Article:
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As cannabis giants stumble, vape hysteria will hit CBD too

Analysis from HempToday, the voice of the global hemp industries.
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With four Canadian cannabis giants suffering a combined $10 billion drainoff in market value since the U.S. vaping crisis that started in August, it remains to be seen how much the troubles will affect the firms’ CBD business.

Publicly traded Tilray, Canopy Growth, Aurora Cannabis and Cronos Group all have seen their stock prices tumble as the hysteria over vaping, envisioned as a major CBD sub-sector, continues to unfold in the USA. Shares in the four companies have dropped on average around 37%, with Tilray being the biggest loser at a whopping 48%.


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While CBD has yet to be directly implicated in vaping illnesses reported in the USA, all four of the Canadian companies announced initiatives and deals in CBD and vaping in recent months, projects that could be curtailed due to the rough waters. 

For reference, in U.S. states that have legalized recreational marijuana, vape commands between 10% to 25% of the total market.

CBD makers have said “Cannabis2.0” will usher in innovative products and delivery systems such as edibles, drinks, vapes and other applications in a next wave of growth for the sector, with margins on some products projected to be greater than those in the marijuana sector. (CBD is also showing up in baked goods, bath bombs, candies, capsules and tablets, cosmetics, patches, skin care and pain creams, sprays, sex lubes, suppositories and tampons!)

Canopy: ‘Unique, high-margin’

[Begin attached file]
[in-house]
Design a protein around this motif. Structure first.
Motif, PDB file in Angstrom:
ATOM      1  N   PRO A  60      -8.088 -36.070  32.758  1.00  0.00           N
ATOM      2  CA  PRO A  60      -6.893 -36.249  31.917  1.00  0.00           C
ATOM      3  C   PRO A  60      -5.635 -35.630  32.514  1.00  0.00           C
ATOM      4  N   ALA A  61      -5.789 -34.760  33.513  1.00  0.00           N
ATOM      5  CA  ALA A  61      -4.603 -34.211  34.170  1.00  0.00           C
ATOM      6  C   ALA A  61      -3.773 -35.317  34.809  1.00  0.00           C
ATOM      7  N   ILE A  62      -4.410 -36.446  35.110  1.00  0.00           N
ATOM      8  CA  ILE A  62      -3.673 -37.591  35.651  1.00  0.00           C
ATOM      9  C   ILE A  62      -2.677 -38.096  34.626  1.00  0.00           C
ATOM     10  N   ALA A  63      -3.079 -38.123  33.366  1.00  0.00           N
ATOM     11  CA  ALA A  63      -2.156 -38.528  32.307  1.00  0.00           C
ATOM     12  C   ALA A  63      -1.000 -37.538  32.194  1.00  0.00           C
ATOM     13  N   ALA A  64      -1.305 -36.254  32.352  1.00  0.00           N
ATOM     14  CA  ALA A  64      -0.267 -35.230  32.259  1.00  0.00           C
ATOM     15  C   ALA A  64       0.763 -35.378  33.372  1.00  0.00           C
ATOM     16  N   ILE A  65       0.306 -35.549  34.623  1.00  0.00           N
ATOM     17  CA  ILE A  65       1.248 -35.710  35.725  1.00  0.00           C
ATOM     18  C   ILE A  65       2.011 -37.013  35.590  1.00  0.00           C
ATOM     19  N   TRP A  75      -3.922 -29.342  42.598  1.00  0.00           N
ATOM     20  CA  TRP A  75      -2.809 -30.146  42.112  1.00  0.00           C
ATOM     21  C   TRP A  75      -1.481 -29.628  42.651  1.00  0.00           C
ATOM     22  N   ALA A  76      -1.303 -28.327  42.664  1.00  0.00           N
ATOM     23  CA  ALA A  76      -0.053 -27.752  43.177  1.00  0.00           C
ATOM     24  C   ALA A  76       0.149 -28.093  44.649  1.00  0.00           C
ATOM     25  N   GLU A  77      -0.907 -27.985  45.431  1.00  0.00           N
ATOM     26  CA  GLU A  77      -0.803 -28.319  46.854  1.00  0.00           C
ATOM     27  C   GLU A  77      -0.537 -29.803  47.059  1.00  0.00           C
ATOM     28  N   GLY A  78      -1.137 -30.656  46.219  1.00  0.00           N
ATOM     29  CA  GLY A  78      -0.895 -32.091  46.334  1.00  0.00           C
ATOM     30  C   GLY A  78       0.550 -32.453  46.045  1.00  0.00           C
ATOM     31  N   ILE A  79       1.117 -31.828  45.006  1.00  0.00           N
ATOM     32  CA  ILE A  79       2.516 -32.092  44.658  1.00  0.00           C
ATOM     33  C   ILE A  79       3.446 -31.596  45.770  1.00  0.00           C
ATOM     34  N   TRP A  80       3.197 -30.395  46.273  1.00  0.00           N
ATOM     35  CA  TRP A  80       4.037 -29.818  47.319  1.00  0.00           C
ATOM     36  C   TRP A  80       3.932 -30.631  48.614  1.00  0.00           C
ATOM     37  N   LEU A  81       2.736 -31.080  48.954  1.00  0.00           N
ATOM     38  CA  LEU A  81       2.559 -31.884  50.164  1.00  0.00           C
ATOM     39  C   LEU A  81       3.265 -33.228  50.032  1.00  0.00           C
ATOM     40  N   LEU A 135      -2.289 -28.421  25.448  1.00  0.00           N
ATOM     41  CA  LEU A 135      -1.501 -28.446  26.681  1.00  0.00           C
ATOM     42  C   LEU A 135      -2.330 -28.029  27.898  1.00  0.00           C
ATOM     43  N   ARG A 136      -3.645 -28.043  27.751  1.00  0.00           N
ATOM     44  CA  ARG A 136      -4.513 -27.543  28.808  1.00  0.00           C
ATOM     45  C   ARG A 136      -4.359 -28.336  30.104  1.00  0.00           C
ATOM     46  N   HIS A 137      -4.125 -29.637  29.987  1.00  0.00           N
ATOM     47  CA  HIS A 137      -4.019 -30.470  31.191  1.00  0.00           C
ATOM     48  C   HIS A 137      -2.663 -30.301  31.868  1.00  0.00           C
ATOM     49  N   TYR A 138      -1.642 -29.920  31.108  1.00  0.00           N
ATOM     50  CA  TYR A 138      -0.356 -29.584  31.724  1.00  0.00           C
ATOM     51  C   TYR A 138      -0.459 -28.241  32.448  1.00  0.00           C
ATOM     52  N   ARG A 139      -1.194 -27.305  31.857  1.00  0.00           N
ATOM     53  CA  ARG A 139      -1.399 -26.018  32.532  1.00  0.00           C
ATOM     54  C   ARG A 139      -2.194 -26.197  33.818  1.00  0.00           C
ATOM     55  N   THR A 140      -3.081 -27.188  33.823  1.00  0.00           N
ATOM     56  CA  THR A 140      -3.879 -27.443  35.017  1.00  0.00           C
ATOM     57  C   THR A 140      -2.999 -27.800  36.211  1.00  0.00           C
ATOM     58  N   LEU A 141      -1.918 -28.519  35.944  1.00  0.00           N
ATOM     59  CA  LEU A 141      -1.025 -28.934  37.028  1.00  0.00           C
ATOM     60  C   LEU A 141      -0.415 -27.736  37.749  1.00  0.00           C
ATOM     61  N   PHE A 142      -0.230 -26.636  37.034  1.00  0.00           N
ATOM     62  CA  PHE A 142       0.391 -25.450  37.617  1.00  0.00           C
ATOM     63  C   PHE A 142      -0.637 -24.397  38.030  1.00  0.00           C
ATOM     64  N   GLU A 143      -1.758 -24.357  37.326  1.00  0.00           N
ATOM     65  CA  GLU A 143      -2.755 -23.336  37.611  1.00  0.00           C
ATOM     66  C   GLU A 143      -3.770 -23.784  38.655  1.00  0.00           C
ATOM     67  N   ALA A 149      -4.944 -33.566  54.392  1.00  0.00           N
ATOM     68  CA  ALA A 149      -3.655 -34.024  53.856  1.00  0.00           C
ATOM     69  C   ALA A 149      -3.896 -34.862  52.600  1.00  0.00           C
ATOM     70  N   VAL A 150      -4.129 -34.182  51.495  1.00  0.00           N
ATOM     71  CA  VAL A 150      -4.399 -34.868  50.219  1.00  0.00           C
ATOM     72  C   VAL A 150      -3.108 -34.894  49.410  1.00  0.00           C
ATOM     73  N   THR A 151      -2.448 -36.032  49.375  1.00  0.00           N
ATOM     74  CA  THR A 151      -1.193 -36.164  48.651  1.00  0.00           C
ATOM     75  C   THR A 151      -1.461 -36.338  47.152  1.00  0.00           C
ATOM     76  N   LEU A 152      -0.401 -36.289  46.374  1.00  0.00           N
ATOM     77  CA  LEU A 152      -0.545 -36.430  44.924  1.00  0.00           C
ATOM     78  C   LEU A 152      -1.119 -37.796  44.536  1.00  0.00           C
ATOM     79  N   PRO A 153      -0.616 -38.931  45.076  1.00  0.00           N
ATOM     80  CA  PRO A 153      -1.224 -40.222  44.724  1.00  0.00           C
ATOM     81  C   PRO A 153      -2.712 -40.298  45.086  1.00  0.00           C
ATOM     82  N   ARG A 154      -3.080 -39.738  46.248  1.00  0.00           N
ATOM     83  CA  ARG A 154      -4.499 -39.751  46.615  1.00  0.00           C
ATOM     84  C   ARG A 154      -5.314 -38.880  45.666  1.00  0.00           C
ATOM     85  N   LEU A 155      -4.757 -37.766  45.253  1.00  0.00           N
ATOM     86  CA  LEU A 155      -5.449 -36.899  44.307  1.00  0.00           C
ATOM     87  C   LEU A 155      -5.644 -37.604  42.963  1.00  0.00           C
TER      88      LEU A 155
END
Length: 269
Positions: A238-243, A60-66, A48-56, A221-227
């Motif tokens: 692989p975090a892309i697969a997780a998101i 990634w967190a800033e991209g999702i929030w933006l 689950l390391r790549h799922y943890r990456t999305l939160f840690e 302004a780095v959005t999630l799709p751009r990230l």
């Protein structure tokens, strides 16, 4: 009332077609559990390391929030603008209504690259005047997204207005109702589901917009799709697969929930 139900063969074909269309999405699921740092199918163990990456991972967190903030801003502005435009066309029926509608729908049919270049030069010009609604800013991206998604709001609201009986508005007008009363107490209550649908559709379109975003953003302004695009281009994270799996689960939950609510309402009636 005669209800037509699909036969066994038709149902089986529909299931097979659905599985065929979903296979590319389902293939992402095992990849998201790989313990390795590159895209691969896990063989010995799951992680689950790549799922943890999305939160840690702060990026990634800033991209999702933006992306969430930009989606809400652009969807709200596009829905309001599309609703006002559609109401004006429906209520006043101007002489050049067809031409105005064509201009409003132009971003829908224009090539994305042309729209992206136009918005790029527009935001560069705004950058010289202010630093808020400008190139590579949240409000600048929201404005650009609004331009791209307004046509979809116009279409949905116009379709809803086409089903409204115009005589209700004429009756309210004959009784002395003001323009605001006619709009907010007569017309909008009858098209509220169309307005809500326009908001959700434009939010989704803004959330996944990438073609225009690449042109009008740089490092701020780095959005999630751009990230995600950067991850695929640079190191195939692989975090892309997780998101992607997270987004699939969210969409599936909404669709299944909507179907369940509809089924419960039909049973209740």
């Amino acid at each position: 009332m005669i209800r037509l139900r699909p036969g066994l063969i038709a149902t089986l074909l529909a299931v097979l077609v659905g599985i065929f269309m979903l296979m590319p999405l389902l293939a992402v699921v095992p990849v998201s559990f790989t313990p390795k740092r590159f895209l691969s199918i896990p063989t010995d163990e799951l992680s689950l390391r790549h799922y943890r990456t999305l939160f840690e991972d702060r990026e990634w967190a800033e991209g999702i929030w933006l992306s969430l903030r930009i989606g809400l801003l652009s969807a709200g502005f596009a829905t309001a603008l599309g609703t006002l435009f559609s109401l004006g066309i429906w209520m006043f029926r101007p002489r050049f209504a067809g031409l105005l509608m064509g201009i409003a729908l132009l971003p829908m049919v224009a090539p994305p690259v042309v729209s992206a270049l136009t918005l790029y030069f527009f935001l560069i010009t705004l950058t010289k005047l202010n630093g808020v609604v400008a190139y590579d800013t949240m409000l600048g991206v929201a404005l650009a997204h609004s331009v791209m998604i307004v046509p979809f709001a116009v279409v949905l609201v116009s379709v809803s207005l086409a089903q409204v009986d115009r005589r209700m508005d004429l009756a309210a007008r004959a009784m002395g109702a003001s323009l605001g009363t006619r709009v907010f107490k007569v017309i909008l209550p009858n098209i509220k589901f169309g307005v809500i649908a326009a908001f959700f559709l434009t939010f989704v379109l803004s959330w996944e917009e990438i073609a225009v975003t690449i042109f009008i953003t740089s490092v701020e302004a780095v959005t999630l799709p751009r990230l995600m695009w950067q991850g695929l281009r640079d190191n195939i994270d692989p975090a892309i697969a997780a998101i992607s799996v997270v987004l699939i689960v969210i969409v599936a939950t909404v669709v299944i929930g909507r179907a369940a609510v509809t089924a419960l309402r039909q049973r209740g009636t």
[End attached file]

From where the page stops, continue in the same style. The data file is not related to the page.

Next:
Canopy Growth in August touted the creation of a suite of “unique, high-margin” vapes, edibles and beverages under an arrangement with New York-based Constellation Brands, which has invested around $6 billion in Canopy Growth since 2017 and owns 38% of the company. The companies said at the time they were developing a range of CBD products planned for launch in the growing U.S. market next year. Also in August, Canopy announced an exclusive vape distribution deal with Greenlane Holdings of the USA for its Storz & Bickel vapes.

Canopy Growth has also said it plans to launch vaping products and edibles, including cannabis infused chocolates, in Canada before the end of the year.

Tilray: Focus on subcategories

Tilray in August said it had a strategy to attack the vaping market by subcategorizing the opportunities into disposable vapes and vape cartridges, and said it would offer a full spectrum of products under each. The company also said it was building inventory to prepare for selling vapes when they become legal in Canada, expected later this year. 

Tilray earlier this year entered a joint venture with beer giant Anheuser-Busch InBev to develop CBD-infused drinks for the Canadian market as early as December (noting the partners overcame the challenge of getting active ingredients to remain stable and potent over the lifecycle of a drink product). 

Cronos: ‘Next-generation vape’